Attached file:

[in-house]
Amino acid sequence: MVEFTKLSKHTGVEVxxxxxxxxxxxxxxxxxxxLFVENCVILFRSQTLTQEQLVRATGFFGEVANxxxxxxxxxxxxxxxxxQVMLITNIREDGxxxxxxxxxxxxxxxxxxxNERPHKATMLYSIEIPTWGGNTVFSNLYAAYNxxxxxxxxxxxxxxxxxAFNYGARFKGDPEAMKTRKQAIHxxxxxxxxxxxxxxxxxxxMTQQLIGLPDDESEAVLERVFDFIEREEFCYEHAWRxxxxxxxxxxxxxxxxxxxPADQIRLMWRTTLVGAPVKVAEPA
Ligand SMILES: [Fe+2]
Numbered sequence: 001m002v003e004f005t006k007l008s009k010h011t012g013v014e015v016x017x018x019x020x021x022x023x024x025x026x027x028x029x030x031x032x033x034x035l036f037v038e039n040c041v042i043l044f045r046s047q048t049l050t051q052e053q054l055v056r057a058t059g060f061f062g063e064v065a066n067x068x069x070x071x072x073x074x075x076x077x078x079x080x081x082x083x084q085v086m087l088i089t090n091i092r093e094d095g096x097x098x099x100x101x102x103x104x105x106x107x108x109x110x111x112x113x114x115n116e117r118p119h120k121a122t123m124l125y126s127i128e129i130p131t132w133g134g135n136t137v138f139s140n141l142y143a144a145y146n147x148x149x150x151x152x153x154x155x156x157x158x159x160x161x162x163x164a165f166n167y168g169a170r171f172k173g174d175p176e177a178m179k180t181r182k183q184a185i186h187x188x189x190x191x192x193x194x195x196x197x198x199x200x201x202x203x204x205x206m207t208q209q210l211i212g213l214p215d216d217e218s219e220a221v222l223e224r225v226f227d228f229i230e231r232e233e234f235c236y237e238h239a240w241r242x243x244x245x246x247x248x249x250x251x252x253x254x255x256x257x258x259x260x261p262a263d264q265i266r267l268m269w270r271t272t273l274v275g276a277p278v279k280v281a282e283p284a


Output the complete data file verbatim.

[in-house]
Amino acid sequence: MVEFTKLSKHTGVEVxxxxxxxxxxxxxxxxxxxLFVENCVILFRSQTLTQEQLVRATGFFGEVANxxxxxxxxxxxxxxxxxQVMLITNIREDGxxxxxxxxxxxxxxxxxxxNERPHKATMLYSIEIPTWGGNTVFSNLYAAYNxxxxxxxxxxxxxxxxxAFNYGARFKGDPEAMKTRKQAIHxxxxxxxxxxxxxxxxxxxMTQQLIGLPDDESEAVLERVFDFIEREEFCYEHAWRxxxxxxxxxxxxxxxxxxxPADQIRLMWRTTLVGAPVKVAEPA
Ligand SMILES: [Fe+2]
Numbered sequence: 001m002v003e004f005t006k007l008s009k010h011t012g013v014e015v016x017x018x019x020x021x022x023x024x025x026x027x028x029x030x031x032x033x034x035l036f037v038e039n040c041v042i043l044f045r046s047q048t049l050t051q052e053q054l055v056r057a058t059g060f061f062g063e064v065a066n067x068x069x070x071x072x073x074x075x076x077x078x079x080x081x082x083x084q085v086m087l088i089t090n091i092r093e094d095g096x097x098x099x100x101x102x103x104x105x106x107x108x109x110x111x112x113x114x115n116e117r118p119h120k121a122t123m124l125y126s127i128e129i130p131t132w133g134g135n136t137v138f139s140n141l142y143a144a145y146n147x148x149x150x151x152x153x154x155x156x157x158x159x160x161x162x163x164a165f166n167y168g169a170r171f172k173g174d175p176e177a178m179k180t181r182k183q184a185i186h187x188x189x190x191x192x193x194x195x196x197x198x199x200x201x202x203x204x205x206m207t208q209q210l211i212g213l214p215d216d217e218s219e220a221v222l223e224r225v226f227d228f229i230e231r232e233e234f235c236y237e238h239a240w241r242x243x244x245x246x247x248x249x250x251x252x253x254x255x256x257x258x259x260x261p262a263d264q265i266r267l268m269w270r271t272t273l274v275g276a277p278v279k280v281a282e283p284a